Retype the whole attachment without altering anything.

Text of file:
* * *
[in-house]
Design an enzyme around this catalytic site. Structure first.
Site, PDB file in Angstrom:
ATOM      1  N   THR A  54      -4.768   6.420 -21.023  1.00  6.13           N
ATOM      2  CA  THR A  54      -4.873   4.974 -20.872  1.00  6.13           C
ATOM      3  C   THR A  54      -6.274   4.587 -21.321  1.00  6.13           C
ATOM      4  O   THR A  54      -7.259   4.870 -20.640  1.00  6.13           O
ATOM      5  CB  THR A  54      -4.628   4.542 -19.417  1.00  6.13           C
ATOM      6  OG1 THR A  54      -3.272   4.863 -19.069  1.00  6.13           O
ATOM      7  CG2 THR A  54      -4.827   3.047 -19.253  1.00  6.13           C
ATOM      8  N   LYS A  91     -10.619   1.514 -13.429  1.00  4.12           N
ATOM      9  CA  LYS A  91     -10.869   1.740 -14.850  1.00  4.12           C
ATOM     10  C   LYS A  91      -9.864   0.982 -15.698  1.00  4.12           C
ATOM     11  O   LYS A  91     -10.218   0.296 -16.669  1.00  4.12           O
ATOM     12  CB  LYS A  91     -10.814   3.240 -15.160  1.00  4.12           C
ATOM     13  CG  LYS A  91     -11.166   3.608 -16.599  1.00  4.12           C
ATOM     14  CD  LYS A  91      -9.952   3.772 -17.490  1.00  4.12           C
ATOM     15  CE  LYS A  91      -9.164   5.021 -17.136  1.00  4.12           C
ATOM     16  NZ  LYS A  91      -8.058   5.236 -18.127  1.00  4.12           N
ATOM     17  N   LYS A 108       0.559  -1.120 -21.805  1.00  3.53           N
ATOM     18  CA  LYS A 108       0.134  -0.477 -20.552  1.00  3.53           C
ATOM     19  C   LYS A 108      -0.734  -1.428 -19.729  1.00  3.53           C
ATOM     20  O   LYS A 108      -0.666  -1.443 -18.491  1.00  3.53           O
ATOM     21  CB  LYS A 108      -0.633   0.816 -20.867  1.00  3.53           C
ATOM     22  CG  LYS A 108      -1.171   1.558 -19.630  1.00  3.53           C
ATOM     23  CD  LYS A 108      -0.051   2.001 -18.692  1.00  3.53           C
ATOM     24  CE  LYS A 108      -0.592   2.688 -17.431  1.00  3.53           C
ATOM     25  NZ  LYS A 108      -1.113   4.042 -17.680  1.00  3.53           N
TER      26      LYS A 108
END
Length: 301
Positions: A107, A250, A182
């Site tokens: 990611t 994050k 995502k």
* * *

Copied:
[in-house]
Design an enzyme around this catalytic site. Structure first.
Site, PDB file in Angstrom:
ATOM      1  N   THR A  54      -4.768   6.420 -21.023  1.00  6.13           N
ATOM      2  CA  THR A  54      -4.873   4.974 -20.872  1.00  6.13           C
ATOM      3  C   THR A  54      -6.274   4.587 -21.321  1.00  6.13           C
ATOM      4  O   THR A  54      -7.259   4.870 -20.640  1.00  6.13           O
ATOM      5  CB  THR A  54      -4.628   4.542 -19.417  1.00  6.13           C
ATOM      6  OG1 THR A  54      -3.272   4.863 -19.069  1.00  6.13           O
ATOM      7  CG2 THR A  54      -4.827   3.047 -19.253  1.00  6.13           C
ATOM      8  N   LYS A  91     -10.619   1.514 -13.429  1.00  4.12           N
ATOM      9  CA  LYS A  91     -10.869   1.740 -14.850  1.00  4.12           C
ATOM     10  C   LYS A  91      -9.864   0.982 -15.698  1.00  4.12           C
ATOM     11  O   LYS A  91     -10.218   0.296 -16.669  1.00  4.12           O
ATOM     12  CB  LYS A  91     -10.814   3.240 -15.160  1.00  4.12           C
ATOM     13  CG  LYS A  91     -11.166   3.608 -16.599  1.00  4.12           C
ATOM     14  CD  LYS A  91      -9.952   3.772 -17.490  1.00  4.12           C
ATOM     15  CE  LYS A  91      -9.164   5.021 -17.136  1.00  4.12           C
ATOM     16  NZ  LYS A  91      -8.058   5.236 -18.127  1.00  4.12           N
ATOM     17  N   LYS A 108       0.559  -1.120 -21.805  1.00  3.53           N
ATOM     18  CA  LYS A 108       0.134  -0.477 -20.552  1.00  3.53           C
ATOM     19  C   LYS A 108      -0.734  -1.428 -19.729  1.00  3.53           C
ATOM     20  O   LYS A 108      -0.666  -1.443 -18.491  1.00  3.53           O
ATOM     21  CB  LYS A 108      -0.633   0.816 -20.867  1.00  3.53           C
ATOM     22  CG  LYS A 108      -1.171   1.558 -19.630  1.00  3.53           C
ATOM     23  CD  LYS A 108      -0.051   2.001 -18.692  1.00  3.53           C
ATOM     24  CE  LYS A 108      -0.592   2.688 -17.431  1.00  3.53           C
ATOM     25  NZ  LYS A 108      -1.113   4.042 -17.680  1.00  3.53           N
TER      26      LYS A 108
END
Length: 301
Positions: A107, A250, A182
């Site tokens: 990611t 994050k 995502k």